The cliffs of the cape are the closest point of France to England – 34 km (21 mi) from their English counterparts at Dover. Smothered in sea pinks and thrift, the cliffs are a perfect vantage point to see hundreds of ships, from oil tankers to little fishing trawlers, plying the waters below. On a clear day, the emblematic white cliffs of Dover on the English shore can be seen.
Grisnez means literally "grey nose" in English. It derives from colloquial Dutch Grizenesse "grey cape"; officially the Dutch name was Swartenesse "black cape" to set it apart from the Blankenesse "white cape" (Cap Blanc-Nez) to the north-east. The element -nesse is cognate to English -ness, denoting "headland", as in for example Sheerness.
The cliffs of Cap Gris-Nez are made of sandstone, clay and chalk. They are mainly gray, which gives the cape its name. It is also a good place to collect fossils, which are mainly from the Jurassic period. One can find bivalves, gastropods and wood. In the sandstone layers with small pebbles, one can find teeth of fish and reptiles. Sometimes, larger ammonites are found in the sandstones.
The proximity of the cape to England led to the frequent destruction of the nearby village of Audinghen in wars between England and France. On the top of the cliff are the ruins of an English fortress, built by Henry VIII at the beginning of the 16th century. The English called the fort 'Blackness', a translation of the Dutch name Swartenisse.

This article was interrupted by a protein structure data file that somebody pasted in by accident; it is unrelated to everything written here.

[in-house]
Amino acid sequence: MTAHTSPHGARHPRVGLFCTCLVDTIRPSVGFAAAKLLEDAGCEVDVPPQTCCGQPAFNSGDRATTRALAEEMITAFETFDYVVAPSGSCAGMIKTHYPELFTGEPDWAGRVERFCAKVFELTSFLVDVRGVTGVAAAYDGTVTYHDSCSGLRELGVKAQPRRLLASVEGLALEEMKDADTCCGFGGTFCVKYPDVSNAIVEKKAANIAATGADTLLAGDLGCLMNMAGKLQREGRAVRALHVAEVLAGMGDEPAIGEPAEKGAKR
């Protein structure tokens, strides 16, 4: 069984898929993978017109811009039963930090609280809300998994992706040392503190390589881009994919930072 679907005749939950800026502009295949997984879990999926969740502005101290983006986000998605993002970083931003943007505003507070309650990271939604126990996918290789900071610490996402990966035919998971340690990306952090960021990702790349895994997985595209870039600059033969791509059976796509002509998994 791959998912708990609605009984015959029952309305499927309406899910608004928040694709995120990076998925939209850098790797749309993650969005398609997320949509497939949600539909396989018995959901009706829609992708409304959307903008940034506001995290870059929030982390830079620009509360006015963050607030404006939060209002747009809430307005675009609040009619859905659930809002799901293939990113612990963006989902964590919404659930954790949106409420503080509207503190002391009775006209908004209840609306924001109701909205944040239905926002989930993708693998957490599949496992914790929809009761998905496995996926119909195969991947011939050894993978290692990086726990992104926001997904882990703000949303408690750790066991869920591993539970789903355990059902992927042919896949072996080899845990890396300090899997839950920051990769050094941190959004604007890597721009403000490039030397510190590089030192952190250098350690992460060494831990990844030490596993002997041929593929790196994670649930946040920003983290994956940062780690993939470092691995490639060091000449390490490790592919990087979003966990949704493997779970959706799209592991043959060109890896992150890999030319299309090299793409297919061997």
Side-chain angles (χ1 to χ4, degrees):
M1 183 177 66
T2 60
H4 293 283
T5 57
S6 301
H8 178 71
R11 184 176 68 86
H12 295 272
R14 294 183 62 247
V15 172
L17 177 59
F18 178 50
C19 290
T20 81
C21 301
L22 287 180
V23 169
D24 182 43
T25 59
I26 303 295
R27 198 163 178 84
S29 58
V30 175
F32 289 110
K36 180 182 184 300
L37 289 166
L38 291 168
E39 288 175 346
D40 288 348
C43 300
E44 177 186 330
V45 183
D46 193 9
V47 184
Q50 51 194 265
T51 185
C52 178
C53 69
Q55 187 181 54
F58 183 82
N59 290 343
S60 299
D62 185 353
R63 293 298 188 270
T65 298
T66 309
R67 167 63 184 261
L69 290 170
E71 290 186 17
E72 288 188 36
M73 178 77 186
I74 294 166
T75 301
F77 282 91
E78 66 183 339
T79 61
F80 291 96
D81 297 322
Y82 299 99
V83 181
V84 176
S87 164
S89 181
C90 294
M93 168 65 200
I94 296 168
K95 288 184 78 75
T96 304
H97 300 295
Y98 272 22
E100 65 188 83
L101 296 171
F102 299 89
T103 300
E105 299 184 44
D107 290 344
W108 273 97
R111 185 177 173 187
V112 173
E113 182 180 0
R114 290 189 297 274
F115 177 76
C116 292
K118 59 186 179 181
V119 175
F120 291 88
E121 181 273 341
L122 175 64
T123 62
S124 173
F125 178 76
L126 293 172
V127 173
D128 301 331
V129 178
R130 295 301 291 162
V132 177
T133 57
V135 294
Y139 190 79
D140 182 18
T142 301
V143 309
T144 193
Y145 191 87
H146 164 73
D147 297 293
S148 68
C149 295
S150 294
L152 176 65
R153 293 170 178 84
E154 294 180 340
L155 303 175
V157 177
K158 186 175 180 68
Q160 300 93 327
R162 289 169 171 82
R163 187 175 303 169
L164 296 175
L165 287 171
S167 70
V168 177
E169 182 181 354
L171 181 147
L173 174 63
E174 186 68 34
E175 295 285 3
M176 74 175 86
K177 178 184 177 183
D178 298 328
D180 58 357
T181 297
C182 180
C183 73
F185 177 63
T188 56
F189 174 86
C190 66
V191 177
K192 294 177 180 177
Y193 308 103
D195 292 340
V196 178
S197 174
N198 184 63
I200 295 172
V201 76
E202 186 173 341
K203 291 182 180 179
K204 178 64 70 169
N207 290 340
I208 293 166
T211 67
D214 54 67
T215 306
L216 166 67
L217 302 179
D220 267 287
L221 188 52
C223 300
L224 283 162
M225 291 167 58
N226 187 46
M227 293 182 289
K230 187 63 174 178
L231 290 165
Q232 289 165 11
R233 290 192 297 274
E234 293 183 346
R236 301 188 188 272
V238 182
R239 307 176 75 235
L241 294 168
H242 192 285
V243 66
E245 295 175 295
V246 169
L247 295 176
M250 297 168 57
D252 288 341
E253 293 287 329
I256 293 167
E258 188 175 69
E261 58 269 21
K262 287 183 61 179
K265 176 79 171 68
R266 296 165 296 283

- Napoleonic Wars
Napoleon stopped at the cape on 1 July 1803 whilst making an inspection of the coast around Boulogne-sur-Mer and of his invasion troops. He then envisioned setting up a cross-Channel optical telegraph, with a semaphore on the cape. The first semaphore of this line was installed on the cape in 1805, without waiting for the planned French invasion of England. On 18 July 1805, a memorable naval battle took place off the cape. A British flotilla with strong numerical superiority pursued Dutch ships that were following the coast and trying to get back into harbor of Ambleteuse. Expecting an attack of this type, Napoleon had stationed a battery of 300 guns on the cape, and a barrage from this force obliged the British vessels to withdraw.
Commandant Ducuing and his men died on May 25, 1940 while defending the semaphore, and a commemorative stela was later placed on the cape to commemorate this sacrifice.
Later, the Germans built a blockhouse inside the Tudor ruins. The locality has a cluster of World War II bunkers, part of the Atlantic Wall intended to rebuff the anticipated allied invasion. There are heavy artillery sites – Batterie Grosser Kurfürst, formerly with three 170 millimetre guns, and Todt Battery, with four 380 mm guns. These covered the approaches to both Calais and Boulogne and they were protected by massive concrete blockhouses and other lesser defensive sites. One of the Todt Battery blockhouses now houses the Atlantic Wall Museum.
Units of the 3rd Canadian Infantry Division liberated the area in September 1944.
The cylindrical concrete lighthouse at Cap Gris-Nez dates from 1958. It is 31 metres (102 feet) high, and replaces an earlier structure destroyed in 1944.
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